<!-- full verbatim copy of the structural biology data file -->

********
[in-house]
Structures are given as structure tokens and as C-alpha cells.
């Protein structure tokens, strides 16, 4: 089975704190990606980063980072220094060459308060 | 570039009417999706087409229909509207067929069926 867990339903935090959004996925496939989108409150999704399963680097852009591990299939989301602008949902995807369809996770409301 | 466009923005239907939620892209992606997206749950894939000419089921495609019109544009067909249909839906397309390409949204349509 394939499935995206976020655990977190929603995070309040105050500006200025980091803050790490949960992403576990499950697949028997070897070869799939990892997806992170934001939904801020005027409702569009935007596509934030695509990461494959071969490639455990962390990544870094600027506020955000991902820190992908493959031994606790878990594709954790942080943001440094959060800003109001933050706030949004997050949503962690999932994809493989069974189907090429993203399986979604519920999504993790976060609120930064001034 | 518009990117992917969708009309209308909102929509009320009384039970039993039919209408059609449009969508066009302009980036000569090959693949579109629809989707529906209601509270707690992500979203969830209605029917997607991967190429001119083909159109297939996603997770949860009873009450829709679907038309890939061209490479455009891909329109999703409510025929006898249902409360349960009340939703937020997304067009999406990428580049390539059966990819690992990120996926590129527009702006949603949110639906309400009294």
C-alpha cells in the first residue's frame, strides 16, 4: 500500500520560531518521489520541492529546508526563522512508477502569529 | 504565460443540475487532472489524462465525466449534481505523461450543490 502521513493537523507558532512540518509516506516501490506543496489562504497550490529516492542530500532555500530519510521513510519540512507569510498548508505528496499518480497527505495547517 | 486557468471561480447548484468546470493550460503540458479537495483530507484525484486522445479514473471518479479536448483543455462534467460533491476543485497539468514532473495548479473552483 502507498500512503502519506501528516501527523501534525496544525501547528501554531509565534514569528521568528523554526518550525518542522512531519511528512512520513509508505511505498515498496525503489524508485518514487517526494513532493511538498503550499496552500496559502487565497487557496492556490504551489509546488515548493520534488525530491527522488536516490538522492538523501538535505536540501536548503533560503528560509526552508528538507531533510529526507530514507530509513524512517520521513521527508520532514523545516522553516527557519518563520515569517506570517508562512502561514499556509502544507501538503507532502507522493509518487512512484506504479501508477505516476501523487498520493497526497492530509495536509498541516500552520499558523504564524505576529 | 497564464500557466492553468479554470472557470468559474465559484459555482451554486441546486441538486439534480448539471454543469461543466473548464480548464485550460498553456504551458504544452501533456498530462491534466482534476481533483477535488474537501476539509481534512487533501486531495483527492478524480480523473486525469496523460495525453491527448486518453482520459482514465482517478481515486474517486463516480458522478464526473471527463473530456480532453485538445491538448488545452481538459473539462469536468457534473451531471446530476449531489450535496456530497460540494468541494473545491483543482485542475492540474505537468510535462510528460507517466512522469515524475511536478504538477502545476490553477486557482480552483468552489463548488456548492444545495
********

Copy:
[in-house]
Structures are given as structure tokens and as C-alpha cells.
């Protein structure tokens, strides 16, 4: 089975704190990606980063980072220094060459308060 | 570039009417999706087409229909509207067929069926 867990339903935090959004996925496939989108409150999704399963680097852009591990299939989301602008949902995807369809996770409301 | 466009923005239907939620892209992606997206749950894939000419089921495609019109544009067909249909839906397309390409949204349509 394939499935995206976020655990977190929603995070309040105050500006200025980091803050790490949960992403576990499950697949028997070897070869799939990892997806992170934001939904801020005027409702569009935007596509934030695509990461494959071969490639455990962390990544870094600027506020955000991902820190992908493959031994606790878990594709954790942080943001440094959060800003109001933050706030949004997050949503962690999932994809493989069974189907090429993203399986979604519920999504993790976060609120930064001034 | 518009990117992917969708009309209308909102929509009320009384039970039993039919209408059609449009969508066009302009980036000569090959693949579109629809989707529906209601509270707690992500979203969830209605029917997607991967190429001119083909159109297939996603997770949860009873009450829709679907038309890939061209490479455009891909329109999703409510025929006898249902409360349960009340939703937020997304067009999406990428580049390539059966990819690992990120996926590129527009702006949603949110639906309400009294």
C-alpha cells in the first residue's frame, strides 16, 4: 500500500520560531518521489520541492529546508526563522512508477502569529 | 504565460443540475487532472489524462465525466449534481505523461450543490 502521513493537523507558532512540518509516506516501490506543496489562504497550490529516492542530500532555500530519510521513510519540512507569510498548508505528496499518480497527505495547517 | 486557468471561480447548484468546470493550460503540458479537495483530507484525484486522445479514473471518479479536448483543455462534467460533491476543485497539468514532473495548479473552483 502507498500512503502519506501528516501527523501534525496544525501547528501554531509565534514569528521568528523554526518550525518542522512531519511528512512520513509508505511505498515498496525503489524508485518514487517526494513532493511538498503550499496552500496559502487565497487557496492556490504551489509546488515548493520534488525530491527522488536516490538522492538523501538535505536540501536548503533560503528560509526552508528538507531533510529526507530514507530509513524512517520521513521527508520532514523545516522553516527557519518563520515569517506570517508562512502561514499556509502544507501538503507532502507522493509518487512512484506504479501508477505516476501523487498520493497526497492530509495536509498541516500552520499558523504564524505576529 | 497564464500557466492553468479554470472557470468559474465559484459555482451554486441546486441538486439534480448539471454543469461543466473548464480548464485550460498553456504551458504544452501533456498530462491534466482534476481533483477535488474537501476539509481534512487533501486531495483527492478524480480523473486525469496523460495525453491527448486518453482520459482514465482517478481515486474517486463516480458522478464526473471527463473530456480532453485538445491538448488545452481538459473539462469536468457534473451531471446530476449531489450535496456530497460540494468541494473545491483543482485542475492540474505537468510535462510528460507517466512522469515524475511536478504538477502545476490553477486557482480552483468552489463548488456548492444545495